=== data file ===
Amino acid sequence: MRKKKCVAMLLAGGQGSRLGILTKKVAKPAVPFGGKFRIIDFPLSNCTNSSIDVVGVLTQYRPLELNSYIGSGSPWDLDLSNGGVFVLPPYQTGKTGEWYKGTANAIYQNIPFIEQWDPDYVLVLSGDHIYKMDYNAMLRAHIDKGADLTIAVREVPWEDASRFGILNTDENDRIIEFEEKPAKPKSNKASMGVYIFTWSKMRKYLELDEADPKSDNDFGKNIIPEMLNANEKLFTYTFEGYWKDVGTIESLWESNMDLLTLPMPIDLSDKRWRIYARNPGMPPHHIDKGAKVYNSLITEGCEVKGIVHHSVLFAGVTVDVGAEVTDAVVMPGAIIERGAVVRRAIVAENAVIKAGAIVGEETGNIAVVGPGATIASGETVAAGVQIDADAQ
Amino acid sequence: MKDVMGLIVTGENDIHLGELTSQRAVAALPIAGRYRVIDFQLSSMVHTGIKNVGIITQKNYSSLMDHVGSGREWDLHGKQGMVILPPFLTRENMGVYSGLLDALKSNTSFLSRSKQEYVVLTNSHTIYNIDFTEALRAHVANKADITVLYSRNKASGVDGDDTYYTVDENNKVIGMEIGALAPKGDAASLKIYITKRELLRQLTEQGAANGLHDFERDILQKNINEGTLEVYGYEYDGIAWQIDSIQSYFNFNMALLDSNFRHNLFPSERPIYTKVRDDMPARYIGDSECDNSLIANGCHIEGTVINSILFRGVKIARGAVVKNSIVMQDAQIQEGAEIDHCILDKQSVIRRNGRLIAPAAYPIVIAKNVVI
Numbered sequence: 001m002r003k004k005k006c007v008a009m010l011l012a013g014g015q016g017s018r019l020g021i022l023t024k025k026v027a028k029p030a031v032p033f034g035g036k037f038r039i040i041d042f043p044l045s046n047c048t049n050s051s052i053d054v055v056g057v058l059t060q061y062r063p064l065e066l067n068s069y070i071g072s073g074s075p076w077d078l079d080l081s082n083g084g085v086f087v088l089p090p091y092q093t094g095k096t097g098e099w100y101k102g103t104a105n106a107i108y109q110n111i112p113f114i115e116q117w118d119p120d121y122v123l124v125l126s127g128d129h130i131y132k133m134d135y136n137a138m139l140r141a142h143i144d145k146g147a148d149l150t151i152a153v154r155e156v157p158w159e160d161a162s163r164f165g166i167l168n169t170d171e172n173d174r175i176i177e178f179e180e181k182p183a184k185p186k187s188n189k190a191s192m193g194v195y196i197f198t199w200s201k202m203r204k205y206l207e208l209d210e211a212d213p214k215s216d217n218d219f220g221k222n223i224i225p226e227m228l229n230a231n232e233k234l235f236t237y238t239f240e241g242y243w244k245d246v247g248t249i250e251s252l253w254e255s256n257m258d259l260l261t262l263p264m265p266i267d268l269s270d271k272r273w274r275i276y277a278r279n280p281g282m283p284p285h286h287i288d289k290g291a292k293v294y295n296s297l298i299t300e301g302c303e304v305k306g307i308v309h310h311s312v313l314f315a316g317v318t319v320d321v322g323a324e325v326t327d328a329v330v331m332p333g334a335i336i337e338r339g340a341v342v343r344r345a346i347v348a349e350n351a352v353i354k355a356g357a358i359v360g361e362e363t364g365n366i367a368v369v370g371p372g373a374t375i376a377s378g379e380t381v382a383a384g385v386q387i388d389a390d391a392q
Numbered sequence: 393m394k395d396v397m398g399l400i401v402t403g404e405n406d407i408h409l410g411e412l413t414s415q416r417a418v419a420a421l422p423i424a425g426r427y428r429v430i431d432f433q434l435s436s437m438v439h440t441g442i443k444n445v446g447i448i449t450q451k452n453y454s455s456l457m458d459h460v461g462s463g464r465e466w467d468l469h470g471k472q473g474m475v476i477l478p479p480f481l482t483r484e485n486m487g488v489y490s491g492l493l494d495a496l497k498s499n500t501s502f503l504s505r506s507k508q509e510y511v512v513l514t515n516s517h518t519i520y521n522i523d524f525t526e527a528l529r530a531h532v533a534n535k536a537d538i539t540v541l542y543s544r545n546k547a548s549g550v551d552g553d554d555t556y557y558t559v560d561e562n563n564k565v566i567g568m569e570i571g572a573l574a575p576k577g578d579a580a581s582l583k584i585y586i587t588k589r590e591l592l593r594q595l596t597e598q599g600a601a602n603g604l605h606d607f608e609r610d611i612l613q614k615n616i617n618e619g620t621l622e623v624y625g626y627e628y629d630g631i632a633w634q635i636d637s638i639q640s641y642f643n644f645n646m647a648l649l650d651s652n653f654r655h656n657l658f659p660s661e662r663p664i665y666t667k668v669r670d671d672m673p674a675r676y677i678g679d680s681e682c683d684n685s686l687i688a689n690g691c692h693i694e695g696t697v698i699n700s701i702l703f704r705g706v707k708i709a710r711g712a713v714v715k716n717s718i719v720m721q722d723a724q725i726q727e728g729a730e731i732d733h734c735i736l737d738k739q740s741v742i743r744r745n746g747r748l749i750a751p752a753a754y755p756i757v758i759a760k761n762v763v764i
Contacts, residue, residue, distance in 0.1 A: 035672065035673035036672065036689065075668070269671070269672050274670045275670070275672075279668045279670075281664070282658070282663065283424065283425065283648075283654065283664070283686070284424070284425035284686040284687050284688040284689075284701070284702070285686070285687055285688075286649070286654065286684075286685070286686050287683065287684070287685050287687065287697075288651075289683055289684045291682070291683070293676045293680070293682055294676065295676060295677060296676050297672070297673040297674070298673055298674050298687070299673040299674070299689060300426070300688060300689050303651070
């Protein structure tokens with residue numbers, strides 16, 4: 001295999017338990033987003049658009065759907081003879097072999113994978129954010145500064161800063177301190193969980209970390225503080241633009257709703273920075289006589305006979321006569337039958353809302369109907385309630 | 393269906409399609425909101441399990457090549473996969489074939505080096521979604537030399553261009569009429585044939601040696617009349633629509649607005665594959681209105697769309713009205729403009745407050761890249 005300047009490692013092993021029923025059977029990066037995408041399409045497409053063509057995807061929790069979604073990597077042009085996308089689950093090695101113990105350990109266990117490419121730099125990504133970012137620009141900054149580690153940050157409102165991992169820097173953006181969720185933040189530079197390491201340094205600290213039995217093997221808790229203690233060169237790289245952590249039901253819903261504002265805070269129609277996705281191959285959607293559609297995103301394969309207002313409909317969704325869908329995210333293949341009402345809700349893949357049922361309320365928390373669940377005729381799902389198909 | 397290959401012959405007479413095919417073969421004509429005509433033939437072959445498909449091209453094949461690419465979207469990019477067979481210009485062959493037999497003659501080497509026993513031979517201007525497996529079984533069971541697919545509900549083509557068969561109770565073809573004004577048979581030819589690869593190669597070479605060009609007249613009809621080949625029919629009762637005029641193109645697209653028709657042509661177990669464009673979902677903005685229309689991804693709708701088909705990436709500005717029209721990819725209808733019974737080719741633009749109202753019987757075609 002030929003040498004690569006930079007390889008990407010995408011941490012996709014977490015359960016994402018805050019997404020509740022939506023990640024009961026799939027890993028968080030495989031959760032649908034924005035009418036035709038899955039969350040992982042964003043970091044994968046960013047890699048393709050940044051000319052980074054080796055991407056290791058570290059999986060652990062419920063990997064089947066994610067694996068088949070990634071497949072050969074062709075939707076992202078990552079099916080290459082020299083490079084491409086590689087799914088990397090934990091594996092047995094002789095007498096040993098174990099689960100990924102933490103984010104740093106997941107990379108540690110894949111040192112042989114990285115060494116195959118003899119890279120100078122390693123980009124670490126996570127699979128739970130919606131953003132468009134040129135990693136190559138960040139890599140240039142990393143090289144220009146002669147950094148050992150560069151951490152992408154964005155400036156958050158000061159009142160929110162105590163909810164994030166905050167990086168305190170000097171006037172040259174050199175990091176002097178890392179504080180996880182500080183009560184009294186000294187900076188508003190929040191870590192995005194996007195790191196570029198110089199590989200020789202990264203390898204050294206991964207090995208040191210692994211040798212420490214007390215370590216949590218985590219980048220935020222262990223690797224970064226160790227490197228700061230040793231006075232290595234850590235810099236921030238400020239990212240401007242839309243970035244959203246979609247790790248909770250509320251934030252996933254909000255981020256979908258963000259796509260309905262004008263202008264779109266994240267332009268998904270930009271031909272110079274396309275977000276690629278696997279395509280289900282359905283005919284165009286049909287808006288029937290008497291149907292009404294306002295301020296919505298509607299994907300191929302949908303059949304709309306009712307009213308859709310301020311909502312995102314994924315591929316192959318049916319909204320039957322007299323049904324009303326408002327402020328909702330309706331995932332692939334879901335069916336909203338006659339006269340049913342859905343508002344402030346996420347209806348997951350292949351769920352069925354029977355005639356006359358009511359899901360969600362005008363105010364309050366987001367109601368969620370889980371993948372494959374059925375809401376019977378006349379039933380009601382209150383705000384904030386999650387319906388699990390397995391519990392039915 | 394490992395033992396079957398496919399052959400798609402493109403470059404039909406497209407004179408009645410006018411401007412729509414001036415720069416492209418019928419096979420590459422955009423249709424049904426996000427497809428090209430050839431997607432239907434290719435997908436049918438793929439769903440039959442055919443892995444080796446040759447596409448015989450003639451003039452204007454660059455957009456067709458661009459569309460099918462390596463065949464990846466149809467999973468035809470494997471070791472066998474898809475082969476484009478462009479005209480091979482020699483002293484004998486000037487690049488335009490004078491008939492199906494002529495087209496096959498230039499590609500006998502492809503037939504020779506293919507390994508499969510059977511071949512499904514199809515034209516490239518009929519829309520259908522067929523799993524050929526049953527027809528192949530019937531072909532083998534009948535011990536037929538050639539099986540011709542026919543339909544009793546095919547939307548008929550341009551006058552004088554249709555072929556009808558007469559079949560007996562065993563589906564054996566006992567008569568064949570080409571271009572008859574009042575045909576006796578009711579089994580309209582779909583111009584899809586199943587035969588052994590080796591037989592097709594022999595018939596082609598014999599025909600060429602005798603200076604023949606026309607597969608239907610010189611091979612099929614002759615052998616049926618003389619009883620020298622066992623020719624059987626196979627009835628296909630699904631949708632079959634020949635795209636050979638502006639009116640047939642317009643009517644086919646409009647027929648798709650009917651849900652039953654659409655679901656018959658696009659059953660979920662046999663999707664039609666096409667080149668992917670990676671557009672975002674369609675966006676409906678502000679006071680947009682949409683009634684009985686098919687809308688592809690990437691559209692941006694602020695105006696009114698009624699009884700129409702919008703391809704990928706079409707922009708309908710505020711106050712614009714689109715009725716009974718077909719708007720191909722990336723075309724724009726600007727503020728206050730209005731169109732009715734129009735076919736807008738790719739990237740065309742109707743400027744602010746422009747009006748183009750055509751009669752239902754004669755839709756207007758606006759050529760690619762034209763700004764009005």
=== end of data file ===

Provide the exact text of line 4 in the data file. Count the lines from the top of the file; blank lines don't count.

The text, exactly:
Numbered sequence: 393m394k395d396v397m398g399l400i401v402t403g404e405n406d407i408h409l410g411e412l413t414s415q416r417a418v419a420a421l422p423i424a425g426r427y428r429v430i431d432f433q434l435s436s437m438v439h440t441g442i443k444n445v446g447i448i449t450q451k452n453y454s455s456l457m458d459h460v461g462s463g464r465e466w467d468l469h470g471k472q473g474m475v476i477l478p479p480f481l482t483r484e485n486m487g488v489y490s491g492l493l494d495a496l497k498s499n500t501s502f503l504s505r506s507k508q509e510y511v512v513l514t515n516s517h518t519i520y521n522i523d524f525t526e527a528l529r530a531h532v533a534n535k536a537d538i539t540v541l542y543s544r545n546k547a548s549g550v551d552g553d554d555t556y557y558t559v560d561e562n563n564k565v566i567g568m569e570i571g572a573l574a575p576k577g578d579a580a581s582l583k584i585y586i587t588k589r590e591l592l593r594q595l596t597e598q599g600a601a602n603g604l605h606d607f608e609r610d611i612l613q614k615n616i617n618e619g620t621l622e623v624y625g626y627e628y629d630g631i632a633w634q635i636d637s638i639q640s641y642f643n644f645n646m647a648l649l650d651s652n653f654r655h656n657l658f659p660s661e662r663p664i665y666t667k668v669r670d671d672m673p674a675r676y677i678g679d680s681e682c683d684n685s686l687i688a689n690g691c692h693i694e695g696t697v698i699n700s701i702l703f704r705g706v707k708i709a710r711g712a713v714v715k716n717s718i719v720m721q722d723a724q725i726q727e728g729a730e731i732d733h734c735i736l737d738k739q740s741v742i743r744r745n746g747r748l749i750a751p752a753a754y755p756i757v758i759a760k761n762v763v764i